Neechee Studio is a studio led by emerging Indigenous artists that provides free art workshops for young Indigenous people. These workshops are made available for youth aged 14 – 30.
Savanna Boucher is the co-program coordinator alongside Lucille Atlookan, a founding member with Matilda Suganaqueb. When Boucher started in 2015, she was a youth committee member and she noticed a common theme: everyone attending was a young Indigenous student coming from all over Ontario.
“For me,” Boucher said, “Neechee studio stood out because I felt as though I could express myself and as a broke student…it was all free: the food, the art supplies and [the opportunity to] mingle with talented Indigenous artists.”
The workshops and supplies are always free. If students are unable to get transport, Neechee supplies free bus passes.
Neechee studio began as a place for community. Being Indigenous in an unfamiliar town is already an added confusion when discovering yourself as a young person. At Neechee, they’ve created a space free of marginalized stigma.
It’s no secret that Indigenous youth face underlying, racial discrimination throughout Thunder Bay and, as Boucher said, it’s also blunt acts being experienced. Neechee is a space that allows young people to partake in activities free of any worry of preconceived, racial judgement.
By allowing young people to create in a safe space, Neechee challenges the stereotypical, racial setbacks these youth would otherwise face. By potentially dismissing preconceived images of the Indigenous culture, Neechee Studio gives the availability and opportunity to explore traditions and culture through creative expression.
The workshops offered are a plethora of culturally relevant material for Indigenous youth. Mitt making with Marnie Greenwald and Beau Boucher; Sketch book binding with Cynthia Edwards; and Birch Bark Etching with Darren Lentz are just some of the workshops that were offered in 2019 and 2020.
When planning for these workshops, Boucher added they find artists of every level. Whether they are professional or emerging, old or young, it doesn’t matter. They like to promote emerging, Indigenous artists to provide a more personal story giving youth a culturally relevant experience.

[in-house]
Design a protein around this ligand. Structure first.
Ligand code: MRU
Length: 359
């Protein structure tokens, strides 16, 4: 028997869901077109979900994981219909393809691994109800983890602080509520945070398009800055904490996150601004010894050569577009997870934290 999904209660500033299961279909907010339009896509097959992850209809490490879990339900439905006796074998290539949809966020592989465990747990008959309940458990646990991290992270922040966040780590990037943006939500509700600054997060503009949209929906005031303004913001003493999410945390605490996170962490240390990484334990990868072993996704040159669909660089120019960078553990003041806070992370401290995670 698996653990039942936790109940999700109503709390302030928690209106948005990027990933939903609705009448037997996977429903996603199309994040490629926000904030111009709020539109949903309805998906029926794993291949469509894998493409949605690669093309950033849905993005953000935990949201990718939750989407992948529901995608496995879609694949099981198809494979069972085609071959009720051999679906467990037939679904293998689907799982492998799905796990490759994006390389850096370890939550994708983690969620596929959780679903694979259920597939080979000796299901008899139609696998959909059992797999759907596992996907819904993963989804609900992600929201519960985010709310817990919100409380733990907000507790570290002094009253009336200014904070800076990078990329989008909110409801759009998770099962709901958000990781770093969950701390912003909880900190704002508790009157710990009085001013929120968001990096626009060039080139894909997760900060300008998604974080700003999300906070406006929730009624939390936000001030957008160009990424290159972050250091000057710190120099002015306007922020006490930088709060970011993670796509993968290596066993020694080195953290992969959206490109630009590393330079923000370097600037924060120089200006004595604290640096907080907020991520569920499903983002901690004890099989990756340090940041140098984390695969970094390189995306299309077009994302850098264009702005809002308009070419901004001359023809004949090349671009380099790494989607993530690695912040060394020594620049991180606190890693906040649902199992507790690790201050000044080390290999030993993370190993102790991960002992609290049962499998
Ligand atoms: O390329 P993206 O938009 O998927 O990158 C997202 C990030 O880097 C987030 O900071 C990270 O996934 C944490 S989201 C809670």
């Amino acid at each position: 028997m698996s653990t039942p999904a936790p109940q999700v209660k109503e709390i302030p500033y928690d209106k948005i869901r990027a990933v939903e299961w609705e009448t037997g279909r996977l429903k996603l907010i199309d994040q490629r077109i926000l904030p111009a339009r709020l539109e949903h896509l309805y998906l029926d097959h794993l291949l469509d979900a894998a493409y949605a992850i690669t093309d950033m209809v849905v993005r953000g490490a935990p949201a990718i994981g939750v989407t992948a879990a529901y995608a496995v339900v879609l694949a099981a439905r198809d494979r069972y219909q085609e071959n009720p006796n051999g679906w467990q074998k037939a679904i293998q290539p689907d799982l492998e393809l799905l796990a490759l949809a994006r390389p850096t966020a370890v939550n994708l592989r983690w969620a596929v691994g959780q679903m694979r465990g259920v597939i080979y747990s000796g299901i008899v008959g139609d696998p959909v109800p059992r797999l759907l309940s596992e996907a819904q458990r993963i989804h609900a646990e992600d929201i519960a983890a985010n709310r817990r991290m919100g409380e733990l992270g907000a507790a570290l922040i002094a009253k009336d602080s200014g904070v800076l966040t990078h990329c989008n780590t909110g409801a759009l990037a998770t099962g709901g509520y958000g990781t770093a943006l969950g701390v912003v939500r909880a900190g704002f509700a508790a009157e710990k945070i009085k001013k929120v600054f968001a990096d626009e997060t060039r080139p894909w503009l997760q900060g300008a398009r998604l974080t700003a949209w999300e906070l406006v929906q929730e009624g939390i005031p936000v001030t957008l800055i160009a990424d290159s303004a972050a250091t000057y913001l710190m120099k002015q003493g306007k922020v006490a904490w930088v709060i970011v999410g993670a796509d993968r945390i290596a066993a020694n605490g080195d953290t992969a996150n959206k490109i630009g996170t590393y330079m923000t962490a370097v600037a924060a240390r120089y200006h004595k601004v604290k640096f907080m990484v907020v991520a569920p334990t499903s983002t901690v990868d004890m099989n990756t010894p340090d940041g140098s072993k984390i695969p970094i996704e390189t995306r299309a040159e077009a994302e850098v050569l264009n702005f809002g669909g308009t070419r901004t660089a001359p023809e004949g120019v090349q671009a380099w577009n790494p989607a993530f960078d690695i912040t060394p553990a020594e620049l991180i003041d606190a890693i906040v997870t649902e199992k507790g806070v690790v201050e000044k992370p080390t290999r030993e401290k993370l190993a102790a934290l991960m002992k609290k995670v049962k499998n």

Boucher said the workshops have received nothing but support from the Thunder Bay community and, because of this, are always full with youth excited to embark on an artistic adventure they can personally relate to. Having a relationship with Definitely Superior Art Gallery has allowed Neechee to use their space.
Staying beautifully balanced
Like any business doing good for the community, Neechee experiences setbacks when trying to walk in the colonial world as an Indigenous collective.
“There are certain expectations Neechee Studio is expected to meet,” Boucher said. She’s happy that Neechee can balance between these two worlds to create a space for youth to connect to a support system.
With COVID-19 being an underlying setback for everyone, Neechee immediately stopped all planned workshops. It’s detrimental to every community, but especially the Indigenous community and elders.
“We did not want to contribute to any risk of losing a generation of wealth and knowledge,” Boucher said.
Always evolving, never settling
Going forward, the studio is planning the upcoming season for when restrictions are lifted but always being cautious and putting the safety of the community first.
Neechee is a foothold for the artistic and Indigenous community. By supplying youth with the tools and space for creation, they are breaking systemic racism throughout the city and creating a community that revolves around free expression and togetherness.
With classic traditions such as beading, leatherwork and quillwork, the teachings of culture and patience are being taught. As youth come into what is a mysterious and scary time; being away from their land and community and having to navigate a new place, Neechee studio welcomes, embraces and creatively allows them to discover their culture and future.